The Junior League of Dallas is proud to recognize Linda Secrest as the 2013-2014 Sustainer of the Year. Mrs. Secrest has a strong history of voluntarism in Dallas, but it was only after a friend secretly suggested her for membership that she joined the Junior League of Dallas. She quickly became involved and found that the League was a great fit for her. “There is no other organization that I know of where members are willing to help each other grow, learn and are encouraged to share knowledge,” said Mrs. Secrest. “In the JLD there is a common purpose and goal. All of us are in it together to create a better community, mentor, nurture and support other women to achieve their potential, which is helpful to each individual as well as our community.“ Mrs. Secrest began her League service as an inner city day camp volunteer, where she first saw the impact she could make as a member of the Junior League of Dallas. “It was incredibly rewarding to be able to give children with little resources and little supervision in the summer a camping experience right in the middle of Dallas. The children loved it, which made it so rewarding for the volunteers.” Mrs. Secrest quickly took on more responsibilities within the League, serving as Chair of the Yes DISD Project, Assistant Chair of the Education Committee and eventually Membership Vice President and Training Vice President. With each placement, whether in the community or In-League, she credits the League with providing her opportunities for personal and professional development. “I probably would not have had access to such amazing training had it not been for the League, and I am profoundly grateful for the wonderful opportunities. Time management and organizational skills have been invaluable as well as leadership training and volunteer management.”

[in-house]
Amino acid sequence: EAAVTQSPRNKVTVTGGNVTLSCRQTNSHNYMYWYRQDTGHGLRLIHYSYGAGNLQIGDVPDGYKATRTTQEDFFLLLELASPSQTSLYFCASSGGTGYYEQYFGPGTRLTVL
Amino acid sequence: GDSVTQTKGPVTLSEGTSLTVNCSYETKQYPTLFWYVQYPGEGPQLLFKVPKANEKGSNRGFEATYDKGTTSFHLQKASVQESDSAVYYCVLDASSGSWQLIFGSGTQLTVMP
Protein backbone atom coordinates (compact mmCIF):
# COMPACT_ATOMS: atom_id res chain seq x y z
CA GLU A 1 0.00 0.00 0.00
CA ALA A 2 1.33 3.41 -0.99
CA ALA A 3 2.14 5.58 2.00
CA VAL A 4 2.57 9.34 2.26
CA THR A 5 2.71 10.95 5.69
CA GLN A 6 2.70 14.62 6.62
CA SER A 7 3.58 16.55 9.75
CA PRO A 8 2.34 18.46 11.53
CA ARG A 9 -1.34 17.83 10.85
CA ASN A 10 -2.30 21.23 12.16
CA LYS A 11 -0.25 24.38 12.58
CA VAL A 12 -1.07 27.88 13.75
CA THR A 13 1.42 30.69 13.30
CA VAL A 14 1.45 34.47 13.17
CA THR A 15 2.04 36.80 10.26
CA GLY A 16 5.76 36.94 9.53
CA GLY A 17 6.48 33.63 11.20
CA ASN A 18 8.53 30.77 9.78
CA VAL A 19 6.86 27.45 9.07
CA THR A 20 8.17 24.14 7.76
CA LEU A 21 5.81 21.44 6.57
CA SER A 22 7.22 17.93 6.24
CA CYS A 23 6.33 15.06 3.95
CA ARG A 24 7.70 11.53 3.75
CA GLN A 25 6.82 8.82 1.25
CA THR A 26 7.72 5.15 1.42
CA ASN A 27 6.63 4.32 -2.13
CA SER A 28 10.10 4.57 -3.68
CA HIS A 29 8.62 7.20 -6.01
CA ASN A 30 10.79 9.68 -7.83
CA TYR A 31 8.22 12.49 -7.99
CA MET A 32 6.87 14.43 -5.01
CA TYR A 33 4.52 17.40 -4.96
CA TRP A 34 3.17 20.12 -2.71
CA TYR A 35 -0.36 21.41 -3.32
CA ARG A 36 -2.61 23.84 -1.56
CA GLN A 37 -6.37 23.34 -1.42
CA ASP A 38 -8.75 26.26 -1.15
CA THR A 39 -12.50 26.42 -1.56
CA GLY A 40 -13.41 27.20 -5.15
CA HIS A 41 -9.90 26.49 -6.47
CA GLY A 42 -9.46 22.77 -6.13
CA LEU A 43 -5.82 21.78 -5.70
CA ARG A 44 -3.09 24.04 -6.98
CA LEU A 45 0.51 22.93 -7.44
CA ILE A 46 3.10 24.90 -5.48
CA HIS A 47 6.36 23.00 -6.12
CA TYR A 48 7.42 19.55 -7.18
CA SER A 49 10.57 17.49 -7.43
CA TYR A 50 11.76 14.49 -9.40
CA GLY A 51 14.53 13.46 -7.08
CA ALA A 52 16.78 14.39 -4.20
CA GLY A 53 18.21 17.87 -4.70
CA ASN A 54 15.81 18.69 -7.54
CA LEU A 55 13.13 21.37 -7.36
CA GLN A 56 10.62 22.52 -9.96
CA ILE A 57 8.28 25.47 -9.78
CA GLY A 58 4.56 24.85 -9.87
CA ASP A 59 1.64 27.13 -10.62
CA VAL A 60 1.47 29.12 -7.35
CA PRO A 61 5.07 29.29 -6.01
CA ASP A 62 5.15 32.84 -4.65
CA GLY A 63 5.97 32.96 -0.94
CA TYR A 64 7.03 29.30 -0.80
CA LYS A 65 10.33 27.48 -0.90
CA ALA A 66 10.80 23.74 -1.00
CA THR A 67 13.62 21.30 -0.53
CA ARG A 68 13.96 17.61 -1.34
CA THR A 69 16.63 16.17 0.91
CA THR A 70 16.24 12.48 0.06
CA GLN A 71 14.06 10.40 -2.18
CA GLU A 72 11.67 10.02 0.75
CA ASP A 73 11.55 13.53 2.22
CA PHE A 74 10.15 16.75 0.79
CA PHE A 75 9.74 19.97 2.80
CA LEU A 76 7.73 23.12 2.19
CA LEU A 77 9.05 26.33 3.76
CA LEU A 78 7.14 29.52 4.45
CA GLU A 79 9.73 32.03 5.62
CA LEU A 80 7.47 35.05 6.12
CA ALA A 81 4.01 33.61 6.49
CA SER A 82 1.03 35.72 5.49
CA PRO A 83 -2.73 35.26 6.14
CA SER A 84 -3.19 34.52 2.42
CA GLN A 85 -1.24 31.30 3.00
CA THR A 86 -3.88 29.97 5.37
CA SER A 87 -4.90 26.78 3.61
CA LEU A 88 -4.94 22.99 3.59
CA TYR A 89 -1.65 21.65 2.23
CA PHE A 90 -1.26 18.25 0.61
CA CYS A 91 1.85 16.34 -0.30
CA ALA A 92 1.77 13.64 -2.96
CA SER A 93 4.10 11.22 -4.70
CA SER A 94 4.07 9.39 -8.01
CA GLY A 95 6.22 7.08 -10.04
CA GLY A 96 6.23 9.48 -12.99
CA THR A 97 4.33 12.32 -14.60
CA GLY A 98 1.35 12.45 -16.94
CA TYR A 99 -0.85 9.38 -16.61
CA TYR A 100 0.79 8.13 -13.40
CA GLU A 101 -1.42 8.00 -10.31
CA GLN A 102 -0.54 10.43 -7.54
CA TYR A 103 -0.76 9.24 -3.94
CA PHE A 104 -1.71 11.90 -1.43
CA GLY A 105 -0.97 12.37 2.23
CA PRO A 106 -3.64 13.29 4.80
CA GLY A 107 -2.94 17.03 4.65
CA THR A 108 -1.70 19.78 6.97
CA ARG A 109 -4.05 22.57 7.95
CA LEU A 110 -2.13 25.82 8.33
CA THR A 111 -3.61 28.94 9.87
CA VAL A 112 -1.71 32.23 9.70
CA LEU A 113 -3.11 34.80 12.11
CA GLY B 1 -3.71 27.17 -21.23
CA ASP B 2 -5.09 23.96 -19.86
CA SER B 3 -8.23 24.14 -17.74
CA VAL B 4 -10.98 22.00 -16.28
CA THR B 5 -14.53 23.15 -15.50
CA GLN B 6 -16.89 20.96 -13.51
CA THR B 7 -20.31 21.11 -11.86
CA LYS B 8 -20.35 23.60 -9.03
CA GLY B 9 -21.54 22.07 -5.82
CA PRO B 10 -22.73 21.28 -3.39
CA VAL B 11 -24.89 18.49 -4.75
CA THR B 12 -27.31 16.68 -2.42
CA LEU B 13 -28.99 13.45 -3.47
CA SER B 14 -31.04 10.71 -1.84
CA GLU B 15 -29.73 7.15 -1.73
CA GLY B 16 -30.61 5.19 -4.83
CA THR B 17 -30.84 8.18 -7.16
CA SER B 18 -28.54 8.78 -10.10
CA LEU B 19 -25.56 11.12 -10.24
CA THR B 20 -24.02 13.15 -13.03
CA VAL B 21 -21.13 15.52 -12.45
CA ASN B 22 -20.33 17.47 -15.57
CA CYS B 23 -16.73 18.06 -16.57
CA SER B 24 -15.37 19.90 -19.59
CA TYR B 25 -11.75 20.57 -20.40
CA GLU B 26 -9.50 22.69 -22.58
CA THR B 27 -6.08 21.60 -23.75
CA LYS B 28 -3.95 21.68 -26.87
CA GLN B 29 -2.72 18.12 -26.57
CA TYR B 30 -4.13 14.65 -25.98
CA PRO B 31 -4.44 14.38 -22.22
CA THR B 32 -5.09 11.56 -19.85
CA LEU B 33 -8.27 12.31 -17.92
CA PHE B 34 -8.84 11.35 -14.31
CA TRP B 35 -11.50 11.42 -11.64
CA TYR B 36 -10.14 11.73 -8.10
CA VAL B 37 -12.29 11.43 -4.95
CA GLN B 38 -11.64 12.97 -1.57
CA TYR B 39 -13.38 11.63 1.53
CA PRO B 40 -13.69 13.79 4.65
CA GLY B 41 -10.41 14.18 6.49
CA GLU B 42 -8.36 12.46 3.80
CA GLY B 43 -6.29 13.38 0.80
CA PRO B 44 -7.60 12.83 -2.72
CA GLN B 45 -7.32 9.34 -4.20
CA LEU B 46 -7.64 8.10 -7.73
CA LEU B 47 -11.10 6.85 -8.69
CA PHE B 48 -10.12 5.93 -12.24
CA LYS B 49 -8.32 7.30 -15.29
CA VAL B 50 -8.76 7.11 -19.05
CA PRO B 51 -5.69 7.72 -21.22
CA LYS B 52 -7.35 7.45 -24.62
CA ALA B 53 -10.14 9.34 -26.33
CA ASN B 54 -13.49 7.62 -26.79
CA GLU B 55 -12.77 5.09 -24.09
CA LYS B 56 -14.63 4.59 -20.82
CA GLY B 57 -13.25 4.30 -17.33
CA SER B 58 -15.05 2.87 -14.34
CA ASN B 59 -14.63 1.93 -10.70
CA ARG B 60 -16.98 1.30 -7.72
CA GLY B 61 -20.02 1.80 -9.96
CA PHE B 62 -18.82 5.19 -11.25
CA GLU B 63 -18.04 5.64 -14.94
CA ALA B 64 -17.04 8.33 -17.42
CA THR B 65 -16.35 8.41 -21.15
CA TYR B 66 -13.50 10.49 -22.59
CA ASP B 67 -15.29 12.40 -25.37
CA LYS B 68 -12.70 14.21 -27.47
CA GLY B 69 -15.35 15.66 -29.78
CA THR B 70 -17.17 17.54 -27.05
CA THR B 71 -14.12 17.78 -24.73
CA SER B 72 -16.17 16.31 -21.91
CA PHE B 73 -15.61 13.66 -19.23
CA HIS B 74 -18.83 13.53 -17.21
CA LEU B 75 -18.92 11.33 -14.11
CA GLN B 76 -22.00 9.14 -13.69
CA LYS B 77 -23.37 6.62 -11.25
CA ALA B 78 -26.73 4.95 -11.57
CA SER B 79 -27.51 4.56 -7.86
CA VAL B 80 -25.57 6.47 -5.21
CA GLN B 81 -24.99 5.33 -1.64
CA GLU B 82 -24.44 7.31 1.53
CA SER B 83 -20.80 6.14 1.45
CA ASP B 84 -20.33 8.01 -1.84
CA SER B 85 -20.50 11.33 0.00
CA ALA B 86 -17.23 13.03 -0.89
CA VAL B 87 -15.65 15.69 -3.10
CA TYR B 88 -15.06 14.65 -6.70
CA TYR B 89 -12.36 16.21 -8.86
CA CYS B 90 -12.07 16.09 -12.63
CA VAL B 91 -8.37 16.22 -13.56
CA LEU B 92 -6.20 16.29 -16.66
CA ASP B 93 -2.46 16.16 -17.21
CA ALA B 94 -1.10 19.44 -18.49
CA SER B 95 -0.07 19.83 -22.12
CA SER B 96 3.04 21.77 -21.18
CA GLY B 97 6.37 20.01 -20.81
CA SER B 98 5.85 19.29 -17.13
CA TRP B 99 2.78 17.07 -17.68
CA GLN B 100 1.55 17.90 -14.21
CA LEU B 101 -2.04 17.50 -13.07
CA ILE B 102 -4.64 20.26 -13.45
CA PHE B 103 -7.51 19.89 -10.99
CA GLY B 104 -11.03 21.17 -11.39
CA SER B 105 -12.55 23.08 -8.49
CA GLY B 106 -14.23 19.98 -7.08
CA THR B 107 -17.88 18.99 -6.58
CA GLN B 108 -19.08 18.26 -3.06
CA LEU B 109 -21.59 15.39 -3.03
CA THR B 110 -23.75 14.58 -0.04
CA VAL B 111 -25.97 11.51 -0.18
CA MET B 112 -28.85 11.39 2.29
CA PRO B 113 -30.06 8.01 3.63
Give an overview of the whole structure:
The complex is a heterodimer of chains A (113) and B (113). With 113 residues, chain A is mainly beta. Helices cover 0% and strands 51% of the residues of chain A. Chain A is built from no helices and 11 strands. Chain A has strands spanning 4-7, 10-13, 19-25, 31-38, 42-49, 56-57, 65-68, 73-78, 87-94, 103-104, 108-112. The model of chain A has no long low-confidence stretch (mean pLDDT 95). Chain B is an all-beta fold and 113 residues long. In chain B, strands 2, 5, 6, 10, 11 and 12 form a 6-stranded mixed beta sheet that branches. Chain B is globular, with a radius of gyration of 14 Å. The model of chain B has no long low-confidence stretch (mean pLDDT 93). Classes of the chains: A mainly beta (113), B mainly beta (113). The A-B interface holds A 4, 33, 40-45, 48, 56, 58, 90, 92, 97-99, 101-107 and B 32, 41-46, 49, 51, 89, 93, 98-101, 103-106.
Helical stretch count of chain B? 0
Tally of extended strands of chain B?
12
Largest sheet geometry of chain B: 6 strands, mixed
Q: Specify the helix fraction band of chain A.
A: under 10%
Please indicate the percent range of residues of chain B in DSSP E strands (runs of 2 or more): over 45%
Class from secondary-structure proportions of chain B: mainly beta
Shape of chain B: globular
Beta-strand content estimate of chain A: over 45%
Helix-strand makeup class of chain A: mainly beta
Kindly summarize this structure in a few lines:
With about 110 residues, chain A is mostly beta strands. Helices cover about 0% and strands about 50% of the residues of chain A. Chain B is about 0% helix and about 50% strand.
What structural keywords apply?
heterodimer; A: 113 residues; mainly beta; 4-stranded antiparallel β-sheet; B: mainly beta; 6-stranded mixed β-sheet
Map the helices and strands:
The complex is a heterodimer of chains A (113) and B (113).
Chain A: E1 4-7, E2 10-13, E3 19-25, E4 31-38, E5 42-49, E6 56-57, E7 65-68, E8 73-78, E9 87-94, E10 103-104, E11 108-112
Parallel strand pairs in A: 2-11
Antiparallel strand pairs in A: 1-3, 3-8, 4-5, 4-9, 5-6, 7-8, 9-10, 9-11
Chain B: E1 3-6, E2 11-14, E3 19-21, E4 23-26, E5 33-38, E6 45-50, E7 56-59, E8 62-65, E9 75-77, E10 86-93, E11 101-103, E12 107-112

Looking back on her years of service with the League, Mrs. Secrest remembers each placement as a unique and meaningful experience, but she cites her placement as Membership Vice President as one of her fondest memories. “I loved working with our membership, helping to solve membership issues and welcoming New Members and Transfers to our League. I probably enjoyed this placement the most because of working with the seven other talented and exceptional women who were members alongside me of the Executive Board.” Mrs. Secrest eventually served on the JLD Board (now known as Leadership Council) seven times and its Executive Committee (now known as Board of Directors) two times. Since her Active years with the League, Mrs. Secrest has continued her dedication to this organization, serving in leadership positions such as Sustainer President, Linz Award Chair and Member-at-Large to the Sustainer Board. When asked how she has seen the impact of the Junior League of Dallas, Linda observed, “For 90+ years the Junior League of Dallas has been involved with our community and has researched and sent volunteers and funding to all areas of Dallas. We have been instrumental in starting programs still in existence today, and have shored up agencies in need of help that have since become exemplary nonprofits. Sometimes I wish we could place signs all over Dallas stating ‘JLD was here!’” Many organizations in Dallas could also boast that “Linda was here!” Besides serving as a volunteer for the Junior League of Dallas, Linda has dedicated her time and energy to countless nonprofits and groups. The city of Dallas is a better place as a result of Mrs. Secrest’s tireless civic efforts and the Junior League of Dallas is pleased to honor her for this legacy of service to our community.